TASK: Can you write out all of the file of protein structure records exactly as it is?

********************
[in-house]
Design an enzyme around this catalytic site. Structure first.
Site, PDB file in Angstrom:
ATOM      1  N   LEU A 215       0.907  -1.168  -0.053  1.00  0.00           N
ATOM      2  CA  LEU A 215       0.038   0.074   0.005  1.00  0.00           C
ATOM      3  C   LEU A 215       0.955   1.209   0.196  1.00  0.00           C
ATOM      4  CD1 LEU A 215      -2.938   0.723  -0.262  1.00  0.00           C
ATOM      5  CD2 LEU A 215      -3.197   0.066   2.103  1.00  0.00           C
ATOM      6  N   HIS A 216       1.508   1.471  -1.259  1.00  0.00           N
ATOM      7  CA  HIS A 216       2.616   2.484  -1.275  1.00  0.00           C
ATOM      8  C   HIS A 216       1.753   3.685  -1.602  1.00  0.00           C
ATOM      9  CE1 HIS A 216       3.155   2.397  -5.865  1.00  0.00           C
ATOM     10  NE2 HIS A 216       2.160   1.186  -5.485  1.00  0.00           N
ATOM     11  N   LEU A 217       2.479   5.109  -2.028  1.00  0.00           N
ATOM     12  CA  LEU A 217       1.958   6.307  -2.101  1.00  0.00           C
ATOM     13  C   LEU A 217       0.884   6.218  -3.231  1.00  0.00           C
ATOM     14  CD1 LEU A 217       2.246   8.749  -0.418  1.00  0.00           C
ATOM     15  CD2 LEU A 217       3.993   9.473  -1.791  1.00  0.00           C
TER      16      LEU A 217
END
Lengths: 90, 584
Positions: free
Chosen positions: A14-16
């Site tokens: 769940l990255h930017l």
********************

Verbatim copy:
[in-house]
Design an enzyme around this catalytic site. Structure first.
Site, PDB file in Angstrom:
ATOM      1  N   LEU A 215       0.907  -1.168  -0.053  1.00  0.00           N
ATOM      2  CA  LEU A 215       0.038   0.074   0.005  1.00  0.00           C
ATOM      3  C   LEU A 215       0.955   1.209   0.196  1.00  0.00           C
ATOM      4  CD1 LEU A 215      -2.938   0.723  -0.262  1.00  0.00           C
ATOM      5  CD2 LEU A 215      -3.197   0.066   2.103  1.00  0.00           C
ATOM      6  N   HIS A 216       1.508   1.471  -1.259  1.00  0.00           N
ATOM      7  CA  HIS A 216       2.616   2.484  -1.275  1.00  0.00           C
ATOM      8  C   HIS A 216       1.753   3.685  -1.602  1.00  0.00           C
ATOM      9  CE1 HIS A 216       3.155   2.397  -5.865  1.00  0.00           C
ATOM     10  NE2 HIS A 216       2.160   1.186  -5.485  1.00  0.00           N
ATOM     11  N   LEU A 217       2.479   5.109  -2.028  1.00  0.00           N
ATOM     12  CA  LEU A 217       1.958   6.307  -2.101  1.00  0.00           C
ATOM     13  C   LEU A 217       0.884   6.218  -3.231  1.00  0.00           C
ATOM     14  CD1 LEU A 217       2.246   8.749  -0.418  1.00  0.00           C
ATOM     15  CD2 LEU A 217       3.993   9.473  -1.791  1.00  0.00           C
TER      16      LEU A 217
END
Lengths: 90, 584
Positions: free
Chosen positions: A14-16
């Site tokens: 769940l990255h930017l």